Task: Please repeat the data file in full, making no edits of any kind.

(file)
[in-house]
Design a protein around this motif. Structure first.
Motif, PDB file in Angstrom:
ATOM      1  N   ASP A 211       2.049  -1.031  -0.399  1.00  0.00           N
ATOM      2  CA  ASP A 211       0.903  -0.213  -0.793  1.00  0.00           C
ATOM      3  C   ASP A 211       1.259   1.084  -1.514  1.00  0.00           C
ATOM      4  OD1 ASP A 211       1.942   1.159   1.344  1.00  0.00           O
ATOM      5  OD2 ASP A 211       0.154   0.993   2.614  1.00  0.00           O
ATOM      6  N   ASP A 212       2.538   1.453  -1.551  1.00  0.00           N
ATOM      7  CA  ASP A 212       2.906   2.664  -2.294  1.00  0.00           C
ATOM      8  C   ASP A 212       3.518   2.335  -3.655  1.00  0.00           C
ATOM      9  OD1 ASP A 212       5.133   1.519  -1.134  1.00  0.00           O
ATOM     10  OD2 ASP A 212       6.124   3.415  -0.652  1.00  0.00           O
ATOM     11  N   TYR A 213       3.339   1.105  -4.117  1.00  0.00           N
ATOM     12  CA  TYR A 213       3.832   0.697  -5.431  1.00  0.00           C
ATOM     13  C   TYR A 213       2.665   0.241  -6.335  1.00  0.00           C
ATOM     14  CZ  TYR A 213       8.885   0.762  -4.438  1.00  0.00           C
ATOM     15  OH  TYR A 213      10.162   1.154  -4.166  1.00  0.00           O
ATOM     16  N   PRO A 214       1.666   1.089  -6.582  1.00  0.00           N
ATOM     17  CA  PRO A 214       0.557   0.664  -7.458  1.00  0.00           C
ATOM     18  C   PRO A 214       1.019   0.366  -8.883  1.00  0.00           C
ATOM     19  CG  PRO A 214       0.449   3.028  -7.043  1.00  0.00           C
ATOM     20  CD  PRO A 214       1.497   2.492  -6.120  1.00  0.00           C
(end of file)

[in-house]
Design a protein around this motif. Structure first.
Motif, PDB file in Angstrom:
ATOM      1  N   ASP A 211       2.049  -1.031  -0.399  1.00  0.00           N
ATOM      2  CA  ASP A 211       0.903  -0.213  -0.793  1.00  0.00           C
ATOM      3  C   ASP A 211       1.259   1.084  -1.514  1.00  0.00           C
ATOM      4  OD1 ASP A 211       1.942   1.159   1.344  1.00  0.00           O
ATOM      5  OD2 ASP A 211       0.154   0.993   2.614  1.00  0.00           O
ATOM      6  N   ASP A 212       2.538   1.453  -1.551  1.00  0.00           N
ATOM      7  CA  ASP A 212       2.906   2.664  -2.294  1.00  0.00           C
ATOM      8  C   ASP A 212       3.518   2.335  -3.655  1.00  0.00           C
ATOM      9  OD1 ASP A 212       5.133   1.519  -1.134  1.00  0.00           O
ATOM     10  OD2 ASP A 212       6.124   3.415  -0.652  1.00  0.00           O
ATOM     11  N   TYR A 213       3.339   1.105  -4.117  1.00  0.00           N
ATOM     12  CA  TYR A 213       3.832   0.697  -5.431  1.00  0.00           C
ATOM     13  C   TYR A 213       2.665   0.241  -6.335  1.00  0.00           C
ATOM     14  CZ  TYR A 213       8.885   0.762  -4.438  1.00  0.00           C
ATOM     15  OH  TYR A 213      10.162   1.154  -4.166  1.00  0.00           O
ATOM     16  N   PRO A 214       1.666   1.089  -6.582  1.00  0.00           N
ATOM     17  CA  PRO A 214       0.557   0.664  -7.458  1.00  0.00           C
ATOM     18  C   PRO A 214       1.019   0.366  -8.883  1.00  0.00           C
ATOM     19  CG  PRO A 214       0.449   3.028  -7.043  1.00  0.00           C
ATOM     20  CD  PRO A 214       1.497   2.492  -6.120  1.00  0.00           C